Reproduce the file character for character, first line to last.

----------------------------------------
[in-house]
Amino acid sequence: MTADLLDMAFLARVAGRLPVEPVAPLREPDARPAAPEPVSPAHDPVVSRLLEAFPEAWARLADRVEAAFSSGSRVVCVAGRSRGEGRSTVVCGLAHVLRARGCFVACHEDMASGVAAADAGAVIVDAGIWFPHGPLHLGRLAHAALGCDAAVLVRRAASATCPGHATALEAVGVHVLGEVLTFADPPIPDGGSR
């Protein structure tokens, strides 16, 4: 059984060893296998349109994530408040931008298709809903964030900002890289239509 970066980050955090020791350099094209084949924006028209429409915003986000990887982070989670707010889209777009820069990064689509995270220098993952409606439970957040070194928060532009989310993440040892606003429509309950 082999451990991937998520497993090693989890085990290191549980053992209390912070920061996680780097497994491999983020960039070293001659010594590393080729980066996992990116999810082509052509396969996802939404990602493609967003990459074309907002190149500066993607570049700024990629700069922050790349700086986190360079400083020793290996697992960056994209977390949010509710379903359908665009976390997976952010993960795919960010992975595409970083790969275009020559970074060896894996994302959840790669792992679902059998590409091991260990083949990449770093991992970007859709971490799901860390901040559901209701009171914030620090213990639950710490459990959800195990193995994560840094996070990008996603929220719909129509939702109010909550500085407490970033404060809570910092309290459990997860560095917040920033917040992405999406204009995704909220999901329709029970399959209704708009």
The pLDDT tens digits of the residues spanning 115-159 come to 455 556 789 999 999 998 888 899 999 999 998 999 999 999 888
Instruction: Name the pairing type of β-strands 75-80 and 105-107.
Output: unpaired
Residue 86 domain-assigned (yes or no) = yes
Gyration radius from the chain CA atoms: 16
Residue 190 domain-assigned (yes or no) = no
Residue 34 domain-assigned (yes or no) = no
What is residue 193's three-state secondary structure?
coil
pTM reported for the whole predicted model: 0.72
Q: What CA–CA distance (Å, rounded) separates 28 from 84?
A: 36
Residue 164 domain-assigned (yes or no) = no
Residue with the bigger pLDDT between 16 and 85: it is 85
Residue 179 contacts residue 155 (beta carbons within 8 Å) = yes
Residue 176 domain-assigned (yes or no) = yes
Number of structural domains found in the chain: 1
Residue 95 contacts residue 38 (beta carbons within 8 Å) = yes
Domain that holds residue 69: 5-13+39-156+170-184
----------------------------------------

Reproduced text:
[in-house]
Amino acid sequence: MTADLLDMAFLARVAGRLPVEPVAPLREPDARPAAPEPVSPAHDPVVSRLLEAFPEAWARLADRVEAAFSSGSRVVCVAGRSRGEGRSTVVCGLAHVLRARGCFVACHEDMASGVAAADAGAVIVDAGIWFPHGPLHLGRLAHAALGCDAAVLVRRAASATCPGHATALEAVGVHVLGEVLTFADPPIPDGGSR
């Protein structure tokens, strides 16, 4: 059984060893296998349109994530408040931008298709809903964030900002890289239509 970066980050955090020791350099094209084949924006028209429409915003986000990887982070989670707010889209777009820069990064689509995270220098993952409606439970957040070194928060532009989310993440040892606003429509309950 082999451990991937998520497993090693989890085990290191549980053992209390912070920061996680780097497994491999983020960039070293001659010594590393080729980066996992990116999810082509052509396969996802939404990602493609967003990459074309907002190149500066993607570049700024990629700069922050790349700086986190360079400083020793290996697992960056994209977390949010509710379903359908665009976390997976952010993960795919960010992975595409970083790969275009020559970074060896894996994302959840790669792992679902059998590409091991260990083949990449770093991992970007859709971490799901860390901040559901209701009171914030620090213990639950710490459990959800195990193995994560840094996070990008996603929220719909129509939702109010909550500085407490970033404060809570910092309290459990997860560095917040920033917040992405999406204009995704909220999901329709029970399959209704708009």
The pLDDT tens digits of the residues spanning 115-159 come to 455 556 789 999 999 998 888 899 999 999 998 999 999 999 888
Instruction: Name the pairing type of β-strands 75-80 and 105-107.
Output: unpaired
Residue 86 domain-assigned (yes or no) = yes
Gyration radius from the chain CA atoms: 16
Residue 190 domain-assigned (yes or no) = no
Residue 34 domain-assigned (yes or no) = no
What is residue 193's three-state secondary structure?
coil
pTM reported for the whole predicted model: 0.72
Q: What CA–CA distance (Å, rounded) separates 28 from 84?
A: 36
Residue 164 domain-assigned (yes or no) = no
Residue with the bigger pLDDT between 16 and 85: it is 85
Residue 179 contacts residue 155 (beta carbons within 8 Å) = yes
Residue 176 domain-assigned (yes or no) = yes
Number of structural domains found in the chain: 1
Residue 95 contacts residue 38 (beta carbons within 8 Å) = yes
Domain that holds residue 69: 5-13+39-156+170-184